Guide to Meeting & Event Planning in

South Korea

Learn why you should host your next meeting, event, conference or incentive in South Korea.

Why South Korea for Your Next Meeting or Event?

South Korea offers an enticing blend of rich history and modern amenities and technology. It’s no wonder that the nation and its capital city, Seoul, have continued to rank among the top world’s top MICE destinations, according to the International Congress and Convention Association. Meeting planners will find countless ways to make the most of Korea’s myriad offerings, while taking advantage of its outstanding MICE infrastructure and impressive dedication to top‐notch service.

Only in South Korea

Seoul Sky, a spectacular, sky-high venue at Lotte World Tower, the world’s fifth‐tallest building and the tallest in South Korea, offers groups an observation deck, sky bridge, gift shops, multiple cafes, exhibits and more.

Travel Essentials

sales tax, 10 percent; total VAT tax on hotel rooms, 10 percent

Convention Centers

Coex Convention & Exhibition Center; exhibit space, 387,576 square feet; number of meeting rooms, 55

Korea International Exhibition Center; exhibit space, 1,162,620 square feet; number of meeting rooms, 74

International Convention Center Jeju; exhibit space, 25,780 square feet, number of meeting rooms, 30

Contact: Korea Tourism Organization

Local Currency: South Korean won

Power: 220 volt

Time Zone: Korean Standard Time (13 hours ahead of EDT)

Transportation: Incheon International Airport, about 30 miles from Seoul. Transfer cost by taxi, about $58‐$81, by express train, about $9, by bus, about $8.

Meeting and Event Venues

New & Coming Soon to South Korea


• A new mixed‐use complex has debuted in Seoul’s Yeouido District, a popular neighborhood for the finance and banking industries. Parc1 includes two high‐rise office buildings, as well as the new, 326‐room Fairmont Ambassador Seoul, the first Fairmont hotel to open in South Korea. The property has 6 meeting rooms, business center, restaurant, fitness center and spa. Also in the complex is the Hyundai Seoul, a major new retail shopping center that incorporates indoor green space and the largest department store in Seoul.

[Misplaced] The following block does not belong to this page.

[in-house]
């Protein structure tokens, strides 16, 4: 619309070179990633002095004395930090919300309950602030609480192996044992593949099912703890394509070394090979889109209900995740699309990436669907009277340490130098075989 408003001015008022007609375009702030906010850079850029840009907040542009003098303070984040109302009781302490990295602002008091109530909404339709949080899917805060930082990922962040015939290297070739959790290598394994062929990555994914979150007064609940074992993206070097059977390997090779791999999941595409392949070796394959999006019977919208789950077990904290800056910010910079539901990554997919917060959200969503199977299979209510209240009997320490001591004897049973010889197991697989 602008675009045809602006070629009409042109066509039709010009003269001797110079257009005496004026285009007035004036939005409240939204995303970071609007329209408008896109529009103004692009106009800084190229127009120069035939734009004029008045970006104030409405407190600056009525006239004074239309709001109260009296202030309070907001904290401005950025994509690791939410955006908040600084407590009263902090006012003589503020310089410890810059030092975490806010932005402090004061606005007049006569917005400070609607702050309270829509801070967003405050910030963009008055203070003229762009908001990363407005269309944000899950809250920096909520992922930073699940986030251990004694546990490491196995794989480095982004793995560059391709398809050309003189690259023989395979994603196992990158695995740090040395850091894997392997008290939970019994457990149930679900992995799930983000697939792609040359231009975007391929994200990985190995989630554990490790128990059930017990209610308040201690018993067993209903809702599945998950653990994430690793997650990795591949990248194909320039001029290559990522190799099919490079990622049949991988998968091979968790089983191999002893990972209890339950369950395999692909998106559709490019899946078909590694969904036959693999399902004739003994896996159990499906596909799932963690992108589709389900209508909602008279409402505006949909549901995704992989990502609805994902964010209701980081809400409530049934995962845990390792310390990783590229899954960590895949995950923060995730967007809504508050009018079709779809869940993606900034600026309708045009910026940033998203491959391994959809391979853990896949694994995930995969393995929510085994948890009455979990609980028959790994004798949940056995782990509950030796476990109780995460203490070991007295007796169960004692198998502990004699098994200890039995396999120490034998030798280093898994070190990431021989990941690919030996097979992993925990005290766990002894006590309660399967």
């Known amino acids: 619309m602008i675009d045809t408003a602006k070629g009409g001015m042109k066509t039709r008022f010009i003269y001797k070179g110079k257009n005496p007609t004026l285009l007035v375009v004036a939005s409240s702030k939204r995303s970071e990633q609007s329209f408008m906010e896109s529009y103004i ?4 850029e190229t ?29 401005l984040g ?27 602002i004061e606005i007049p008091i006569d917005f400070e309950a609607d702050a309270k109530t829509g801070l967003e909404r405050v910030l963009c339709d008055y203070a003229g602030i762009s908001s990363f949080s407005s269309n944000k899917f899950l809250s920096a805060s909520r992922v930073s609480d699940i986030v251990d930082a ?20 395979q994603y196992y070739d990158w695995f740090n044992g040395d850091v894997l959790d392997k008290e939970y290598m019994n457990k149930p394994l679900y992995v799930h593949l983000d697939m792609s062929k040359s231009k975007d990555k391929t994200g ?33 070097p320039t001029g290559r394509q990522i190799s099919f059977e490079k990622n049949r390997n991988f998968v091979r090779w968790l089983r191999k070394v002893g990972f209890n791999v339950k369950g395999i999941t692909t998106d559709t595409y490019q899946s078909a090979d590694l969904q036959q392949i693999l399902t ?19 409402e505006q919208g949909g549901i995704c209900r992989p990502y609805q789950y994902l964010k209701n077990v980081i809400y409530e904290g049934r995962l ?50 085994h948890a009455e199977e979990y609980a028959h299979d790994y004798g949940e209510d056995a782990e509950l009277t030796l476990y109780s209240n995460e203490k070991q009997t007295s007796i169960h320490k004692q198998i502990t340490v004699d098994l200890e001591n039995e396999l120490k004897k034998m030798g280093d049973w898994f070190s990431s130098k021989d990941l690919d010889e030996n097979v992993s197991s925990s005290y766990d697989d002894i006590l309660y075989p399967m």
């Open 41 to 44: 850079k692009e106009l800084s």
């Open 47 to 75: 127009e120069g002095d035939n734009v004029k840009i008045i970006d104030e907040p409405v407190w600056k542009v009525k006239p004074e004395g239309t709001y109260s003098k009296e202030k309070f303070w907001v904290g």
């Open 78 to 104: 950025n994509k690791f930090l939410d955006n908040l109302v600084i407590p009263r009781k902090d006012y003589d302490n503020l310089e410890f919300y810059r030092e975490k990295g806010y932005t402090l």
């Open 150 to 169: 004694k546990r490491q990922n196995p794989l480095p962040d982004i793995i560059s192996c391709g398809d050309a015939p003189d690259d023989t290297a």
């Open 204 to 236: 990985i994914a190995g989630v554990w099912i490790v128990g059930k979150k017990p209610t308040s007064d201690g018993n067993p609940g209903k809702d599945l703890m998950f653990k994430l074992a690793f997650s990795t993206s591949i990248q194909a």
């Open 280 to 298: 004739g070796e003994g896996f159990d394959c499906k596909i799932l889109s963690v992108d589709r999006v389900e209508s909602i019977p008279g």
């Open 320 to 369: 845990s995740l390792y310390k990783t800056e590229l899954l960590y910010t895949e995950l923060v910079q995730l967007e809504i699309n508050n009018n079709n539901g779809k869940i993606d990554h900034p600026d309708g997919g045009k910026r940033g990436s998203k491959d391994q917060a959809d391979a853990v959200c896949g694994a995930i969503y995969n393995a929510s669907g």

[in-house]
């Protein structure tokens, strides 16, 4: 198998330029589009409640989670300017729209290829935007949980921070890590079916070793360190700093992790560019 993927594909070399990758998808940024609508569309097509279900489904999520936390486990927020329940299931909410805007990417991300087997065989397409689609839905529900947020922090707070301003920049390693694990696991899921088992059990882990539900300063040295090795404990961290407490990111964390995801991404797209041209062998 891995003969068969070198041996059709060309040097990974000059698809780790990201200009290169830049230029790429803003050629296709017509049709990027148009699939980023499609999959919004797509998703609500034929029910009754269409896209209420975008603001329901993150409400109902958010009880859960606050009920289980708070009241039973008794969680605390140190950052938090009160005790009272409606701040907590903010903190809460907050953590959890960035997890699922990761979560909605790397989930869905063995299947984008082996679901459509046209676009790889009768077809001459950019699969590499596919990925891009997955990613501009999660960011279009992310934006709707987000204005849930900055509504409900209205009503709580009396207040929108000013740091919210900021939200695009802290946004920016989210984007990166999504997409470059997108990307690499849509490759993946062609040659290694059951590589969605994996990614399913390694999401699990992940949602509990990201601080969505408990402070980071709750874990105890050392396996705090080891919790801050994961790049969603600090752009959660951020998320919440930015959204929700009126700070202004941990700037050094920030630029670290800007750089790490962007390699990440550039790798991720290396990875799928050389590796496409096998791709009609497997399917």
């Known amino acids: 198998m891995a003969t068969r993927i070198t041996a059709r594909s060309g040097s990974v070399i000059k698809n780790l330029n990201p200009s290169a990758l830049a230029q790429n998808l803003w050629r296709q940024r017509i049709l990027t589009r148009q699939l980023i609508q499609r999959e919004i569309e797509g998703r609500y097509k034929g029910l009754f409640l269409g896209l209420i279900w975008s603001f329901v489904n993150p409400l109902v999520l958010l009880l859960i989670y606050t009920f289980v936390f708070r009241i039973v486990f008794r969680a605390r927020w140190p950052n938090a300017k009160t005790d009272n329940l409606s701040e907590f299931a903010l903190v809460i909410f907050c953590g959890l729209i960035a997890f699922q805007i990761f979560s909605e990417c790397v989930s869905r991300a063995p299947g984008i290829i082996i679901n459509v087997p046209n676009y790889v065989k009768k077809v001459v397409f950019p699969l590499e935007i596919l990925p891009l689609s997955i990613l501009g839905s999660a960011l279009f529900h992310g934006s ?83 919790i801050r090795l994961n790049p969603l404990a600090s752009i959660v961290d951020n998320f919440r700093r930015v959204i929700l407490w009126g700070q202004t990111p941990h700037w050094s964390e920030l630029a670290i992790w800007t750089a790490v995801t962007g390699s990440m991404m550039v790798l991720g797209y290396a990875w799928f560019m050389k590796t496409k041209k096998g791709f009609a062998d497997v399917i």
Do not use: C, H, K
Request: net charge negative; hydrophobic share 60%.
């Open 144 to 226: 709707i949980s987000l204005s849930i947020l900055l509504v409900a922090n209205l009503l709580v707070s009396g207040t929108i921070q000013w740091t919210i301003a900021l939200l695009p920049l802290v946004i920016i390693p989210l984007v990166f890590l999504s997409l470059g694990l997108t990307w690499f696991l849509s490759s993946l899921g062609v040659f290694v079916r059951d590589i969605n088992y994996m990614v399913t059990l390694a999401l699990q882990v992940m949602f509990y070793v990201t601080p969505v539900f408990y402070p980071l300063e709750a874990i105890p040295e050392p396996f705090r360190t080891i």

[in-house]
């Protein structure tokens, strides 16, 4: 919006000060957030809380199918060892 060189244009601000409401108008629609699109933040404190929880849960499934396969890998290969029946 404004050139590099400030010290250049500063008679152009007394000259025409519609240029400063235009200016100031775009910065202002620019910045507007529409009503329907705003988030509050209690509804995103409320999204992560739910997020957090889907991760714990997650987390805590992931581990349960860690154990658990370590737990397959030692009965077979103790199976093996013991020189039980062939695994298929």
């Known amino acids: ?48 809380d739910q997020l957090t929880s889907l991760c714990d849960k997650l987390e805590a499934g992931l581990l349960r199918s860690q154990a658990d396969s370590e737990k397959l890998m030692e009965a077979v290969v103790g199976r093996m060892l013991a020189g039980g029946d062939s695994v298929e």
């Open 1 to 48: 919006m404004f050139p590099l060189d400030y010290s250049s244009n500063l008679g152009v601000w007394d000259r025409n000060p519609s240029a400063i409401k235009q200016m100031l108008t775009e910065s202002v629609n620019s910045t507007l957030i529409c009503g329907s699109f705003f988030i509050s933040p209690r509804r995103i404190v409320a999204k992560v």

• The 550‐room Grand InterContinental Seoul Parnas has completed an 11‐month renovation project. The property now sports a renovated Club InterContinental Lounge and refurbished guest rooms from the seventh to 33rd floor, as well as a revamped exterior with reinforced glass. Renovated guest rooms have new smart televisions measuring at least 55 inches, and 20 guest rooms are now furnished with two queen beds, in response to demand for more family‐friendly accommodations. 

More South Korea Meeting & Event Venues

• Korea’s newest convention center, Ulsan Exhibition and Convention Center, has opened in the metropolitan city of Ulsan, home to Korea’s largest automotive-assembly plant and shipyard. The 462,848‐square‐foot facility has an 86,111‐square‐foot exhibition hall and 12meeting rooms and is just a 10‐minute walk from Ulsan’s train station, which links the destination with Seoul and other cities via the high‐speed Korea Train Express, known as KTX.